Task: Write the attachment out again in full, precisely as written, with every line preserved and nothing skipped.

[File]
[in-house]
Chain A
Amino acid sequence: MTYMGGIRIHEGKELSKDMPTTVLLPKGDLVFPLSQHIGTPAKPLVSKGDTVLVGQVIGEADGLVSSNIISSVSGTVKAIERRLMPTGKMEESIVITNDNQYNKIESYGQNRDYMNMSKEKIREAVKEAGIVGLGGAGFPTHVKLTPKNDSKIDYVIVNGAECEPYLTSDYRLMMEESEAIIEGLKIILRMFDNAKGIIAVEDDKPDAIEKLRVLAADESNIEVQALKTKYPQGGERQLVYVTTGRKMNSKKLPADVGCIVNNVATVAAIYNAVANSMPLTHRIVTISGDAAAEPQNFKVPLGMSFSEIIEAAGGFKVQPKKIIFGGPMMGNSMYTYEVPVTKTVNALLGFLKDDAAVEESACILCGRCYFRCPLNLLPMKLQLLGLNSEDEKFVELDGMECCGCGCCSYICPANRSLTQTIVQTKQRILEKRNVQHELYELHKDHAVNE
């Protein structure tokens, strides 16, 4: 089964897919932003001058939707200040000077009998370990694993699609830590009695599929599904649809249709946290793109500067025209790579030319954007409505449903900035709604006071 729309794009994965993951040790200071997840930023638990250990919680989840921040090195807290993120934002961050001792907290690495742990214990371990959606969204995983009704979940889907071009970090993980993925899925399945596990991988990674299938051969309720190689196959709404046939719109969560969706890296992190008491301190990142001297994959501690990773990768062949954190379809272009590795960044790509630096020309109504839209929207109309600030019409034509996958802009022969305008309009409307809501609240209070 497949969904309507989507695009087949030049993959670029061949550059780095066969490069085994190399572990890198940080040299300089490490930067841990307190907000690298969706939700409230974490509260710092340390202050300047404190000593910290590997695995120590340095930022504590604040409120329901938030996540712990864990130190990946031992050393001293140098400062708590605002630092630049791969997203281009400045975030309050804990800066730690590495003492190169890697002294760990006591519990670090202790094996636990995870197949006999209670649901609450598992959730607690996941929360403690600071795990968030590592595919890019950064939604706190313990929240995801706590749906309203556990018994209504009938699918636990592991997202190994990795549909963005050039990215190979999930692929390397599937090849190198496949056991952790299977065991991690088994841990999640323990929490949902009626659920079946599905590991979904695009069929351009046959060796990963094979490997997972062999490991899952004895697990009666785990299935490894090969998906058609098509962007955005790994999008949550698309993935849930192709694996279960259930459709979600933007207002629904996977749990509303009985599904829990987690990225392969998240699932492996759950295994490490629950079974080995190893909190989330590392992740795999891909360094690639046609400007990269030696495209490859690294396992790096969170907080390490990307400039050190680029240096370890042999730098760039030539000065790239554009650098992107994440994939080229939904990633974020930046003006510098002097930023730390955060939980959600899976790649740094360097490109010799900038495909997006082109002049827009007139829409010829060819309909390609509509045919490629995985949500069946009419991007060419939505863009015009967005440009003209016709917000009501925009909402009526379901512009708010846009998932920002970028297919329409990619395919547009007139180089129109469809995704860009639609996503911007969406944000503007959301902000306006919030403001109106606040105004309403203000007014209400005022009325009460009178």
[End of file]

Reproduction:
[in-house]
Chain A
Amino acid sequence: MTYMGGIRIHEGKELSKDMPTTVLLPKGDLVFPLSQHIGTPAKPLVSKGDTVLVGQVIGEADGLVSSNIISSVSGTVKAIERRLMPTGKMEESIVITNDNQYNKIESYGQNRDYMNMSKEKIREAVKEAGIVGLGGAGFPTHVKLTPKNDSKIDYVIVNGAECEPYLTSDYRLMMEESEAIIEGLKIILRMFDNAKGIIAVEDDKPDAIEKLRVLAADESNIEVQALKTKYPQGGERQLVYVTTGRKMNSKKLPADVGCIVNNVATVAAIYNAVANSMPLTHRIVTISGDAAAEPQNFKVPLGMSFSEIIEAAGGFKVQPKKIIFGGPMMGNSMYTYEVPVTKTVNALLGFLKDDAAVEESACILCGRCYFRCPLNLLPMKLQLLGLNSEDEKFVELDGMECCGCGCCSYICPANRSLTQTIVQTKQRILEKRNVQHELYELHKDHAVNE
């Protein structure tokens, strides 16, 4: 089964897919932003001058939707200040000077009998370990694993699609830590009695599929599904649809249709946290793109500067025209790579030319954007409505449903900035709604006071 729309794009994965993951040790200071997840930023638990250990919680989840921040090195807290993120934002961050001792907290690495742990214990371990959606969204995983009704979940889907071009970090993980993925899925399945596990991988990674299938051969309720190689196959709404046939719109969560969706890296992190008491301190990142001297994959501690990773990768062949954190379809272009590795960044790509630096020309109504839209929207109309600030019409034509996958802009022969305008309009409307809501609240209070 497949969904309507989507695009087949030049993959670029061949550059780095066969490069085994190399572990890198940080040299300089490490930067841990307190907000690298969706939700409230974490509260710092340390202050300047404190000593910290590997695995120590340095930022504590604040409120329901938030996540712990864990130190990946031992050393001293140098400062708590605002630092630049791969997203281009400045975030309050804990800066730690590495003492190169890697002294760990006591519990670090202790094996636990995870197949006999209670649901609450598992959730607690996941929360403690600071795990968030590592595919890019950064939604706190313990929240995801706590749906309203556990018994209504009938699918636990592991997202190994990795549909963005050039990215190979999930692929390397599937090849190198496949056991952790299977065991991690088994841990999640323990929490949902009626659920079946599905590991979904695009069929351009046959060796990963094979490997997972062999490991899952004895697990009666785990299935490894090969998906058609098509962007955005790994999008949550698309993935849930192709694996279960259930459709979600933007207002629904996977749990509303009985599904829990987690990225392969998240699932492996759950295994490490629950079974080995190893909190989330590392992740795999891909360094690639046609400007990269030696495209490859690294396992790096969170907080390490990307400039050190680029240096370890042999730098760039030539000065790239554009650098992107994440994939080229939904990633974020930046003006510098002097930023730390955060939980959600899976790649740094360097490109010799900038495909997006082109002049827009007139829409010829060819309909390609509509045919490629995985949500069946009419991007060419939505863009015009967005440009003209016709917000009501925009909402009526379901512009708010846009998932920002970028297919329409990619395919547009007139180089129109469809995704860009639609996503911007969406944000503007959301902000306006919030403001109106606040105004309403203000007014209400005022009325009460009178």